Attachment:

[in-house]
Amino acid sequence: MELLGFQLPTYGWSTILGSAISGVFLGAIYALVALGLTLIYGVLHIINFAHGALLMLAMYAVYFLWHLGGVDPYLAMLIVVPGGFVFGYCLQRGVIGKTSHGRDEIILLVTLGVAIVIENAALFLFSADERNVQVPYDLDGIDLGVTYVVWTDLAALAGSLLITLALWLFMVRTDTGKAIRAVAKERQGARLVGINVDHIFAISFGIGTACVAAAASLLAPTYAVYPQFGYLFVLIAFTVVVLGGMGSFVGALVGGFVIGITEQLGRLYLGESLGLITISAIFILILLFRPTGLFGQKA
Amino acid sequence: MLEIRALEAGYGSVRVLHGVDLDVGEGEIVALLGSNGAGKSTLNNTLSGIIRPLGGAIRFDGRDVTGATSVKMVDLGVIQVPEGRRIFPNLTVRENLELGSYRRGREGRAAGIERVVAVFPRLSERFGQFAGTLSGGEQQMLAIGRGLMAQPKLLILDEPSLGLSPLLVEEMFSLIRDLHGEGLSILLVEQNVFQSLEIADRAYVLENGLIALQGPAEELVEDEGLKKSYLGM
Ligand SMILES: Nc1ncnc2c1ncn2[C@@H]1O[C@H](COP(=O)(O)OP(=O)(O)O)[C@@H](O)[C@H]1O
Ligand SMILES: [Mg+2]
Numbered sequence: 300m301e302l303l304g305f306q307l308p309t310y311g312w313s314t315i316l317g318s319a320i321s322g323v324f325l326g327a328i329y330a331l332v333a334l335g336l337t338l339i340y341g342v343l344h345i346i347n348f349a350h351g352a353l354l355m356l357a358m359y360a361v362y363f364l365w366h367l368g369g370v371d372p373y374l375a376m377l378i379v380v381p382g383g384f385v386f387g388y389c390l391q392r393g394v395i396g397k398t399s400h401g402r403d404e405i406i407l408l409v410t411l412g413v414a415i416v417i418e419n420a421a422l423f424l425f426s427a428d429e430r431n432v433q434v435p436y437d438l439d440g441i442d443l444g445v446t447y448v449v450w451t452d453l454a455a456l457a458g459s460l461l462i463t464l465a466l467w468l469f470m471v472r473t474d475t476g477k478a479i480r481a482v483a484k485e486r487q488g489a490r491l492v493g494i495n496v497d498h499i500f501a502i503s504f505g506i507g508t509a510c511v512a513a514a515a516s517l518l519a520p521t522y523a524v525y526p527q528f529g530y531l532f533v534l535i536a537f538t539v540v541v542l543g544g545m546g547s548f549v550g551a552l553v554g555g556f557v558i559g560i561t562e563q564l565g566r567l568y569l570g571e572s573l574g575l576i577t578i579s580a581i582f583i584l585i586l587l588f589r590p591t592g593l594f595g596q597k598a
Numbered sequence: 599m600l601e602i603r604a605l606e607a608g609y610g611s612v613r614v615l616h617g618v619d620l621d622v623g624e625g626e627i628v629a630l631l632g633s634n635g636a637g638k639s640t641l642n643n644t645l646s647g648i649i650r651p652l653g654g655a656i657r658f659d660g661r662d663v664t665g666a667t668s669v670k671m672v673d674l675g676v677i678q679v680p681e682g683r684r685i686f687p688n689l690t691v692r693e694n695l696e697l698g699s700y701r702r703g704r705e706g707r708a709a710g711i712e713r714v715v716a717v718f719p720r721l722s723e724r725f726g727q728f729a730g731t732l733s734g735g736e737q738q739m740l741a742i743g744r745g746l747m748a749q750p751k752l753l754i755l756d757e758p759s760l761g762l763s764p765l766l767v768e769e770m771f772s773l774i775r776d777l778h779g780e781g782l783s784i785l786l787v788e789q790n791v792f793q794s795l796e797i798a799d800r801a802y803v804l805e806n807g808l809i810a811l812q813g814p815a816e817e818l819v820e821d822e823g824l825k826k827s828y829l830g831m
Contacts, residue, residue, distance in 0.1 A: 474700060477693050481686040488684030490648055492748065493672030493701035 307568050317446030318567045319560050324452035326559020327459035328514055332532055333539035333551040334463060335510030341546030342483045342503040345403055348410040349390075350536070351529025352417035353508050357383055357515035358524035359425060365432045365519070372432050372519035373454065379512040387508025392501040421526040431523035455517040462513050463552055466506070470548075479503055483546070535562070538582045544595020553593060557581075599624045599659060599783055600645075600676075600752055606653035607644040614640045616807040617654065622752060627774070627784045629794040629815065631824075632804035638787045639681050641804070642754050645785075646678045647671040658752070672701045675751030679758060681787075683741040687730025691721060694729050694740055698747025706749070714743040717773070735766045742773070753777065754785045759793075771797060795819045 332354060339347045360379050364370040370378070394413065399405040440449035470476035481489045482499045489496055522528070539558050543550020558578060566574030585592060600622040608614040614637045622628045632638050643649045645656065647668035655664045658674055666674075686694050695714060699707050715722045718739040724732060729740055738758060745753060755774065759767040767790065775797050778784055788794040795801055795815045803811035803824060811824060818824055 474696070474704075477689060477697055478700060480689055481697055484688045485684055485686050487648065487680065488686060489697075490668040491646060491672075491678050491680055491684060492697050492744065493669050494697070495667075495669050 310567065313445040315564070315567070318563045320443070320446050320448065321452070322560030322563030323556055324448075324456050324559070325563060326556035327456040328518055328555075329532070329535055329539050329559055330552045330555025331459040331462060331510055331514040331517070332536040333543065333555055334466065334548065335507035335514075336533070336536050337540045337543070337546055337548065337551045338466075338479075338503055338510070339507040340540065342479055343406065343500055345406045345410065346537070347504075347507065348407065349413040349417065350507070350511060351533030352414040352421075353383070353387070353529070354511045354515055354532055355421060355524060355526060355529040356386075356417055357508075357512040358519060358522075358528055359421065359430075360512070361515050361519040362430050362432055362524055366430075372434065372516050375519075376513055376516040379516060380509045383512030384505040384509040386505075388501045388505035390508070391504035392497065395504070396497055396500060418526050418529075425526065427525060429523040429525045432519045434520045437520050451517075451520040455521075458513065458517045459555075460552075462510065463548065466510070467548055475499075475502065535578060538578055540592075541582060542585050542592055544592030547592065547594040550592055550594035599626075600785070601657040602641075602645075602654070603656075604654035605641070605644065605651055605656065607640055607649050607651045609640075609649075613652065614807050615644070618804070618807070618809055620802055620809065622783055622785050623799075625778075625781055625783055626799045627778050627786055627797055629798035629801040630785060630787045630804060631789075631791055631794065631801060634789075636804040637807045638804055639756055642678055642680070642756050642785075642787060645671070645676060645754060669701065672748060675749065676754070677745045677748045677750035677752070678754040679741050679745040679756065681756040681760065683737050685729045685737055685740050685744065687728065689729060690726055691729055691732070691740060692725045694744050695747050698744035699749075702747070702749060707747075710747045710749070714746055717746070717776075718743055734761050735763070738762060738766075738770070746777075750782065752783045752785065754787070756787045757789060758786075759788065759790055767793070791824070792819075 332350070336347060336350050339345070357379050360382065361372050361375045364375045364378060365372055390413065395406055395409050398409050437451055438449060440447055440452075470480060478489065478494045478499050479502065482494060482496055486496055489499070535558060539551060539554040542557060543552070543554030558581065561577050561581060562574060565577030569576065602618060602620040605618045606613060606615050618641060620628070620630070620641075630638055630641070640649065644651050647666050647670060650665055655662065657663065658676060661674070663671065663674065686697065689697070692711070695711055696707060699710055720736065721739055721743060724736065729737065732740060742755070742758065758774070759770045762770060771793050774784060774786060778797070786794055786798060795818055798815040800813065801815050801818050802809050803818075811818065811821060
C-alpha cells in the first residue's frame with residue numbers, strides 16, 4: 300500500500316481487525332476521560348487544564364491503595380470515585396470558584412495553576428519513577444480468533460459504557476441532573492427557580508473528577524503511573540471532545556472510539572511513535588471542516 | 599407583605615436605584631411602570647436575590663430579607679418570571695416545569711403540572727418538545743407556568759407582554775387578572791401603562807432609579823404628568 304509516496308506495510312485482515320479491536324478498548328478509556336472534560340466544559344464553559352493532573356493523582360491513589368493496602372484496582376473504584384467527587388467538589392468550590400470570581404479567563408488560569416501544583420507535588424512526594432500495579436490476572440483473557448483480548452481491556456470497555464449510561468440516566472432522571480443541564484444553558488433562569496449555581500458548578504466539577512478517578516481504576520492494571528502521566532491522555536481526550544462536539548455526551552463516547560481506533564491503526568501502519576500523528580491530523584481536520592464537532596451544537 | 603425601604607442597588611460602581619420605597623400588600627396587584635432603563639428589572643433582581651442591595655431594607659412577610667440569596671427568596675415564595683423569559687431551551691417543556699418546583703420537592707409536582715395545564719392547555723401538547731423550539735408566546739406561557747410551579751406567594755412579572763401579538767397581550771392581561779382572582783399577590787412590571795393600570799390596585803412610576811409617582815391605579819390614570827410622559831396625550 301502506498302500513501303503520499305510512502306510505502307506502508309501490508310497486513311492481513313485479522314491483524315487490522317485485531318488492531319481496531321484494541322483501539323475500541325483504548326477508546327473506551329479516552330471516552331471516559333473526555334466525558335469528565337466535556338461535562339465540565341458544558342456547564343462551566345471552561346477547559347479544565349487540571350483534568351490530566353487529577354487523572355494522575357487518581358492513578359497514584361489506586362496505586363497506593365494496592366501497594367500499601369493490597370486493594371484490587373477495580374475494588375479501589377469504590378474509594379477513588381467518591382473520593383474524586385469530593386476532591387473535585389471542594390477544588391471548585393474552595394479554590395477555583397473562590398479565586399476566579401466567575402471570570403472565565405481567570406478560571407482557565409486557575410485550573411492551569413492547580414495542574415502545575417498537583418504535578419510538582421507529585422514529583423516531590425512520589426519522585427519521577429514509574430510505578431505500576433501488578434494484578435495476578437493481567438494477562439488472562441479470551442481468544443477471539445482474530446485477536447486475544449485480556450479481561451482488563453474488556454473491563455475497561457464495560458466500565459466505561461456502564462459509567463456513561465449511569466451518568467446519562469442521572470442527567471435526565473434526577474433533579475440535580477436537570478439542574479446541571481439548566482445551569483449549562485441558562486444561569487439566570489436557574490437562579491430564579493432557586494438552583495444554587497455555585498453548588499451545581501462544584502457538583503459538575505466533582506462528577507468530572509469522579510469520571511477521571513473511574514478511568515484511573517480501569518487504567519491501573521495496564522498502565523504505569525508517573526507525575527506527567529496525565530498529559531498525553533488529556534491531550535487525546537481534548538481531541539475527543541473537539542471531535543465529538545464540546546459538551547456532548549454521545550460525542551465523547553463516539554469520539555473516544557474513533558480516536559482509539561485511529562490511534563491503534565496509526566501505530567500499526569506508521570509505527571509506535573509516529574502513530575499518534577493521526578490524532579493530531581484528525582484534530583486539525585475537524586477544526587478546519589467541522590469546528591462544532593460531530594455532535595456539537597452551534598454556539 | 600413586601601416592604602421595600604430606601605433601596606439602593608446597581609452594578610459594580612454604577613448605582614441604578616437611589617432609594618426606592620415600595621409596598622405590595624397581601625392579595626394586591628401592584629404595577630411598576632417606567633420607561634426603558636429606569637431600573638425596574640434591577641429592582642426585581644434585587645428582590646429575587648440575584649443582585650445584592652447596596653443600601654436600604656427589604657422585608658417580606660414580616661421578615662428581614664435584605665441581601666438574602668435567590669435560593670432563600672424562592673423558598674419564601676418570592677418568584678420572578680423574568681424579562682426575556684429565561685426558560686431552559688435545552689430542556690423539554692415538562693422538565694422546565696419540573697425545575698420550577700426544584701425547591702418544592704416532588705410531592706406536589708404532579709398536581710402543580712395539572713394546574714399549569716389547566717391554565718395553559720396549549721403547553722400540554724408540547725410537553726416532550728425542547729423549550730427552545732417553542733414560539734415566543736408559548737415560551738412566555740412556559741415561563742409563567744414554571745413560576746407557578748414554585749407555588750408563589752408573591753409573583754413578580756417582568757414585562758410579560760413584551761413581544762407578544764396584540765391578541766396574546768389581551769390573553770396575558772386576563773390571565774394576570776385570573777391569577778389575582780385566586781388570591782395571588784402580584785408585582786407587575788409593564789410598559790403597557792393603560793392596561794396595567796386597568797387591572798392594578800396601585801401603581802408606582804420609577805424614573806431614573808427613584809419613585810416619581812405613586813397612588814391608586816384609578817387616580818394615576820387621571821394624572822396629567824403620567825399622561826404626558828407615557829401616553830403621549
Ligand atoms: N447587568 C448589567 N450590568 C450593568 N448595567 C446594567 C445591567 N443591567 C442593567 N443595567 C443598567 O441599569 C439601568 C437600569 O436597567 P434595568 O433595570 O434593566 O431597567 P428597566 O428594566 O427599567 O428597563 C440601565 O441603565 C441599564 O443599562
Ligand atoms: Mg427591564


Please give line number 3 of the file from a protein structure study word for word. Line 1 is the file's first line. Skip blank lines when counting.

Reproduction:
Amino acid sequence: MLEIRALEAGYGSVRVLHGVDLDVGEGEIVALLGSNGAGKSTLNNTLSGIIRPLGGAIRFDGRDVTGATSVKMVDLGVIQVPEGRRIFPNLTVRENLELGSYRRGREGRAAGIERVVAVFPRLSERFGQFAGTLSGGEQQMLAIGRGLMAQPKLLILDEPSLGLSPLLVEEMFSLIRDLHGEGLSILLVEQNVFQSLEIADRAYVLENGLIALQGPAEELVEDEGLKKSYLGM